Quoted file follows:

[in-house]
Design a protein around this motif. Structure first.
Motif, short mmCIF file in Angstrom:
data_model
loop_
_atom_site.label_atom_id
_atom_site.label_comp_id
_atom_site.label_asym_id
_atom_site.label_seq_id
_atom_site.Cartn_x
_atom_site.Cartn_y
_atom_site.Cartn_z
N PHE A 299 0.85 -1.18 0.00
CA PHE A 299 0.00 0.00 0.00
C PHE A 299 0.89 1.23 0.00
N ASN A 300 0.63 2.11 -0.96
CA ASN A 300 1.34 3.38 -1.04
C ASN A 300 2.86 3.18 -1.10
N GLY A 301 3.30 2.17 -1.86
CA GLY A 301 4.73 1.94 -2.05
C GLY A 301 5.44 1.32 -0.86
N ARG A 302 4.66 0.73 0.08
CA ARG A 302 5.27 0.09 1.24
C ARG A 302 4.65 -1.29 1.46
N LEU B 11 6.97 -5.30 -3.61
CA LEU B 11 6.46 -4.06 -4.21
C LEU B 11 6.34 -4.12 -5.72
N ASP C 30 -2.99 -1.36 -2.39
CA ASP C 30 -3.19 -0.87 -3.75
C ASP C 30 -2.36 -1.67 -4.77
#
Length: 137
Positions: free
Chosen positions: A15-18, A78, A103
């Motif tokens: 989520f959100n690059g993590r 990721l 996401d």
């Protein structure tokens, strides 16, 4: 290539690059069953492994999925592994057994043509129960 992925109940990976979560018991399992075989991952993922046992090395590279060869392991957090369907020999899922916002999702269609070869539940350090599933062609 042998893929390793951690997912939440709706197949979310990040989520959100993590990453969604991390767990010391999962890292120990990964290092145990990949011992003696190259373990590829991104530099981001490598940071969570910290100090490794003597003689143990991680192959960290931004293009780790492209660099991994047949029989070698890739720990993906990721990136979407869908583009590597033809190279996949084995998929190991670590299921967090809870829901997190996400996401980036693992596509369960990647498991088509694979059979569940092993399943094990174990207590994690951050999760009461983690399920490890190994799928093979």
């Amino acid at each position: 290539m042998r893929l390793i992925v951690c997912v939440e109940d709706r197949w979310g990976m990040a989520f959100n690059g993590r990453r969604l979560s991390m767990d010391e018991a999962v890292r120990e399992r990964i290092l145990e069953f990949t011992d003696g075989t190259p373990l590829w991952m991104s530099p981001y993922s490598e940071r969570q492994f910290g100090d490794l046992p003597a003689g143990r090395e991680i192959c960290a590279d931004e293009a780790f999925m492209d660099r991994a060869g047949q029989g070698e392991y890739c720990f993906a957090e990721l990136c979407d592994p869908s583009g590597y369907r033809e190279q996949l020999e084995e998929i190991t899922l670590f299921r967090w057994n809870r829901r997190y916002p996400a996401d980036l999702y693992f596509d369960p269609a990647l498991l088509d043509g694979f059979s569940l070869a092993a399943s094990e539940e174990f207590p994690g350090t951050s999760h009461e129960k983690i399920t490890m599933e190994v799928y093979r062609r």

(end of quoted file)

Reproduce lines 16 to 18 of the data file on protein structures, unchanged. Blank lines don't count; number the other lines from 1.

N ASN A 300 0.63 2.11 -0.96
CA ASN A 300 1.34 3.38 -1.04
C ASN A 300 2.86 3.18 -1.10